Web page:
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Artists take risks for all of us. Explore a global network that’s ready to help.

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Featured Organization

ICORN - The International Cities of Refuge Network

Belarusian journalist and writer Svetlana Alexievich at the award ceremony for the German Book Trade Peace Prize on Oct. 13, 2013, at the Paul's Church in Frankfurt am Main, western Germany. GETTY IMAGES/AFP Photo/Daniel Roland

ICORN - The International Cities of Refuge Network places artists whose creative expression and lives are in peril in dozens of cities around the globe, from Malmö to Mexico City. Since its founding in 2005, ICORN has found refuge for more than 170 artists.

ICORN began as an organization to aid writers. It grew out of an earlier network founded in 1993 in response to the assassination of several writers in Algeria. Svetlana Alexievich, the investigative journalist from Belarus who received the Nobel Prize for Literature in 2015, was an ICORN writer in residence in Gothenburg, Sweden, from 2006 to 2008.

“Don’t despair, and keep doing your work,” Alexievich told an ICORN gathering in a video message. “Words have tremendous power.“ Alexievich says that when she returned home to Belarus, strangers would approach her in cafes and tell her, “Thank you — you have preserved our dignity.”

ICORN has placed an Iraqi poet and musician in Wroclaw, Poland; a Sri Lankan journalist in Ithaca, New York; a Cuban poet in Frankfurt, Germany. And in 2014, ICORN expanded its brief beyond writers to other embattled artists, beginning with Ramy Essam, a Egyptian singer-songwriter and leader of the 2011 Tahrir Square uprising.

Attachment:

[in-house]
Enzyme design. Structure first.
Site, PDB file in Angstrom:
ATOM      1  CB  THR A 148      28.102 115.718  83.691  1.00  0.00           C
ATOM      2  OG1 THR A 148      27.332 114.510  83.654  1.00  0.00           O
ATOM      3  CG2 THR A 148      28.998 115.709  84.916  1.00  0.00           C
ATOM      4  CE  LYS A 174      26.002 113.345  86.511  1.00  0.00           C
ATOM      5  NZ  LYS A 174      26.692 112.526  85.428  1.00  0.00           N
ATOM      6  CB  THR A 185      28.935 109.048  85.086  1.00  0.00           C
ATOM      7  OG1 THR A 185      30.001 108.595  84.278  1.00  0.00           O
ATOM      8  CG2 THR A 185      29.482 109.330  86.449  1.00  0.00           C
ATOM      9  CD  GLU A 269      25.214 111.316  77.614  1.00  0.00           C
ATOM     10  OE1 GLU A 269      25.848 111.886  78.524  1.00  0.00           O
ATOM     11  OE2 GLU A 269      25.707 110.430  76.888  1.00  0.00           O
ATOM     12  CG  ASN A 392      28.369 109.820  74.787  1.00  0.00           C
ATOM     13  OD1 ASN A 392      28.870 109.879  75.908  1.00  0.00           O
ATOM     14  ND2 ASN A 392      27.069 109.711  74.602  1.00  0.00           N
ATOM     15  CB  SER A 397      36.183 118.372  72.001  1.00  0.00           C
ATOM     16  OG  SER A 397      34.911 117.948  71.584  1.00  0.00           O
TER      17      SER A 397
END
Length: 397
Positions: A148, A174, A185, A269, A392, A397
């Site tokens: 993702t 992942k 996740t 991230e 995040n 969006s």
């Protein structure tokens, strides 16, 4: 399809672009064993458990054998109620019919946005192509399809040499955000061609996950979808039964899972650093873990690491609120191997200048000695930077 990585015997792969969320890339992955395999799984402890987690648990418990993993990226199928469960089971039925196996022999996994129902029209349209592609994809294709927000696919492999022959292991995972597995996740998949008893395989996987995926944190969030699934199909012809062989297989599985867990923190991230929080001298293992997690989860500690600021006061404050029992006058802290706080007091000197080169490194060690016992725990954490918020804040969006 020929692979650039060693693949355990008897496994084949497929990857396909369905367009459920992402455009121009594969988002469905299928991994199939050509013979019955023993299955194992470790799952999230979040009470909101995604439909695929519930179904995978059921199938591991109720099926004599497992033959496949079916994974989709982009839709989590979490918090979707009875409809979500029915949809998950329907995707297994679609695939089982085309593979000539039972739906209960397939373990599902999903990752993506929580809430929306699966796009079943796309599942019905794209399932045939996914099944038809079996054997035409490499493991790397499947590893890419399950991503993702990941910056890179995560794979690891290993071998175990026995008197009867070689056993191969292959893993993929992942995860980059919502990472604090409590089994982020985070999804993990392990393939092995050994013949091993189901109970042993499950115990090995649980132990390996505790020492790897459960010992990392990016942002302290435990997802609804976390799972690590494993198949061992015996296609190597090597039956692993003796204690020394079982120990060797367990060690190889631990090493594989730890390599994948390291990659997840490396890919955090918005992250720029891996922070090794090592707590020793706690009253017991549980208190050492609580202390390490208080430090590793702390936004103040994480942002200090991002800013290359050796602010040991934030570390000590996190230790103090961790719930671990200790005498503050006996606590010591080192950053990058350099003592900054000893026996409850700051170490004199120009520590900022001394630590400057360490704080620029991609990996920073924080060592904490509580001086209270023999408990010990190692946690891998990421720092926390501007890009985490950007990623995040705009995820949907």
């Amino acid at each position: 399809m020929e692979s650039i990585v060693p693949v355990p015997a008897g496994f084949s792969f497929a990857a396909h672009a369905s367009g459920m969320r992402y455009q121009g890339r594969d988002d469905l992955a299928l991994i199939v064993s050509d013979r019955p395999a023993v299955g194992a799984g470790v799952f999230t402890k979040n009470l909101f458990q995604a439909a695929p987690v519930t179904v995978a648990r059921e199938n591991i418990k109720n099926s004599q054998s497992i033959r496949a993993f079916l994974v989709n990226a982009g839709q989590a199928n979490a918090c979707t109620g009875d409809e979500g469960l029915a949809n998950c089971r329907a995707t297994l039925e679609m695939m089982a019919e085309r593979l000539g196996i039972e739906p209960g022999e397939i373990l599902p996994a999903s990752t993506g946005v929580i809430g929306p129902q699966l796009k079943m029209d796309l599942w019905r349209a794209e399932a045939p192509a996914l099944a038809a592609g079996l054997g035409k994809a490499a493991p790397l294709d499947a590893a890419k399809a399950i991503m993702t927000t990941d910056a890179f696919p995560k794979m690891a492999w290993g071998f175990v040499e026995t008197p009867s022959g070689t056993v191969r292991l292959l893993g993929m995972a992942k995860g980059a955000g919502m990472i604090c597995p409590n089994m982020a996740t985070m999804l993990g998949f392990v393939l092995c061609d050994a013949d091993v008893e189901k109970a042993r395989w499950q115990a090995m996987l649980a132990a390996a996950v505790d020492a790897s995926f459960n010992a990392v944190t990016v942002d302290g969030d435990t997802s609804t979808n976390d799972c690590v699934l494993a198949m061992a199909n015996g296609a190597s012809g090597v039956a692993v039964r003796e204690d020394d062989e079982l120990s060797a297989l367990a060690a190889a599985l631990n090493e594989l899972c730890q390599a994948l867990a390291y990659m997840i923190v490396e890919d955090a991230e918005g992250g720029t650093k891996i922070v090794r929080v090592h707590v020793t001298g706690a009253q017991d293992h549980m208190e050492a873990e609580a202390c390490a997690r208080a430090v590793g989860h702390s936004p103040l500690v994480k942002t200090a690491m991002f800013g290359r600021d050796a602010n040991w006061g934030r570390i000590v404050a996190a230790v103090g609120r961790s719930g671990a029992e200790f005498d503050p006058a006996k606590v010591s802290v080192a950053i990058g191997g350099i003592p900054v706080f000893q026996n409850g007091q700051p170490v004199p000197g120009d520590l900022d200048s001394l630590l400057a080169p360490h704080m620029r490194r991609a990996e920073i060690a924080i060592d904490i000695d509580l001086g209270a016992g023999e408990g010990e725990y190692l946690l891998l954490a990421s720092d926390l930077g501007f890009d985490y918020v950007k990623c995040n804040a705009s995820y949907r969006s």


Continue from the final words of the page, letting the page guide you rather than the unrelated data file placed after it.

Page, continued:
“The first thing is to bring as many threatened voices into safe havens as fast as possible,” Helge Lunde, the executive director of ICORN, has said. ICORN residencies can last a couple of years, but they are not permanent and rarely outlast the need for refuge. So “you have to make sure foundations are laid for long-term development,” Lunde says. Many writers in exile struggle with making their work and supporting themselves in a new place and a new language.

A midyear report noted a couple of trends for the first half of 2017: Historically, most ICORN applicants have been men, but as of June a quarter of artists applying for refuge were female. Also, nearly half of all applications came from journalists. 

And a worrisome trend that is not new for ICORN: there are many more applicants than cities of refuge.

ICORN posts guidelines for artists at risk interested in applying for residency and cities that want to offer refuge.

Malmö Live hotel, Courtesy of ICORN.

On May 2-4, 2018, ICORN will host its 9th General Assembly 2018 in Malmö, Sweden. Here, writers and artists will engage in a diverse program of concerts, debates, readings, film screenings, performances and speakers’ corner, in an exchange with city representatives, invited guests, observers and the Malmö public.

The 2018 ICORN General Assembly will mark the 70th Anniversary for the Universal Declaration on Human Rights. 

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